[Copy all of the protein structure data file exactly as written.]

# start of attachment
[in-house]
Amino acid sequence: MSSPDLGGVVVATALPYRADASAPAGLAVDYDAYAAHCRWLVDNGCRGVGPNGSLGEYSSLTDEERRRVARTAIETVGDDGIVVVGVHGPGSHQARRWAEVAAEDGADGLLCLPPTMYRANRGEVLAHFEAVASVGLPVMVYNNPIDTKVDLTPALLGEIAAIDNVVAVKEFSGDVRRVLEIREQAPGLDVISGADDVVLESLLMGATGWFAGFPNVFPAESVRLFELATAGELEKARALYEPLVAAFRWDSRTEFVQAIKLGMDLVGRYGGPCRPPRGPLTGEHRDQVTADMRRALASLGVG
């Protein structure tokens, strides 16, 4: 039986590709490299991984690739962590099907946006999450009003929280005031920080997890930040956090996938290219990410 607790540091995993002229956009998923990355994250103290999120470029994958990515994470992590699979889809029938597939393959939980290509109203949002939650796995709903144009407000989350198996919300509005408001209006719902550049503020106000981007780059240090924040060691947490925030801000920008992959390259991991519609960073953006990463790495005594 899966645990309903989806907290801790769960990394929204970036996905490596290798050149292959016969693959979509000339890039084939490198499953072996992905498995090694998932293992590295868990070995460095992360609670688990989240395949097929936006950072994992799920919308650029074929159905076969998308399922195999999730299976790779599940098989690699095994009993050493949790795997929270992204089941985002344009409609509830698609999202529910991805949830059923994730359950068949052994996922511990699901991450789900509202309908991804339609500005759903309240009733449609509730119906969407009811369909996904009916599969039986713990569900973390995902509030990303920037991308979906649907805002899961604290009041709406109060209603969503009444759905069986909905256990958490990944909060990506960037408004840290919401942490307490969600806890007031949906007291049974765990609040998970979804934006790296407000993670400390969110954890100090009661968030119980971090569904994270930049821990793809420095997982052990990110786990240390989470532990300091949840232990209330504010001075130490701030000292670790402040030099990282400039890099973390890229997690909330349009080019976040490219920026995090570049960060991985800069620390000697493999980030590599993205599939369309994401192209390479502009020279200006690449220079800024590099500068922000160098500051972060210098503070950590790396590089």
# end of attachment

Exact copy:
[in-house]
Amino acid sequence: MSSPDLGGVVVATALPYRADASAPAGLAVDYDAYAAHCRWLVDNGCRGVGPNGSLGEYSSLTDEERRRVARTAIETVGDDGIVVVGVHGPGSHQARRWAEVAAEDGADGLLCLPPTMYRANRGEVLAHFEAVASVGLPVMVYNNPIDTKVDLTPALLGEIAAIDNVVAVKEFSGDVRRVLEIREQAPGLDVISGADDVVLESLLMGATGWFAGFPNVFPAESVRLFELATAGELEKARALYEPLVAAFRWDSRTEFVQAIKLGMDLVGRYGGPCRPPRGPLTGEHRDQVTADMRRALASLGVG
């Protein structure tokens, strides 16, 4: 039986590709490299991984690739962590099907946006999450009003929280005031920080997890930040956090996938290219990410 607790540091995993002229956009998923990355994250103290999120470029994958990515994470992590699979889809029938597939393959939980290509109203949002939650796995709903144009407000989350198996919300509005408001209006719902550049503020106000981007780059240090924040060691947490925030801000920008992959390259991991519609960073953006990463790495005594 899966645990309903989806907290801790769960990394929204970036996905490596290798050149292959016969693959979509000339890039084939490198499953072996992905498995090694998932293992590295868990070995460095992360609670688990989240395949097929936006950072994992799920919308650029074929159905076969998308399922195999999730299976790779599940098989690699095994009993050493949790795997929270992204089941985002344009409609509830698609999202529910991805949830059923994730359950068949052994996922511990699901991450789900509202309908991804339609500005759903309240009733449609509730119906969407009811369909996904009916599969039986713990569900973390995902509030990303920037991308979906649907805002899961604290009041709406109060209603969503009444759905069986909905256990958490990944909060990506960037408004840290919401942490307490969600806890007031949906007291049974765990609040998970979804934006790296407000993670400390969110954890100090009661968030119980971090569904994270930049821990793809420095997982052990990110786990240390989470532990300091949840232990209330504010001075130490701030000292670790402040030099990282400039890099973390890229997690909330349009080019976040490219920026995090570049960060991985800069620390000697493999980030590599993205599939369309994401192209390479502009020279200006690449220079800024590099500068922000160098500051972060210098503070950590790396590089």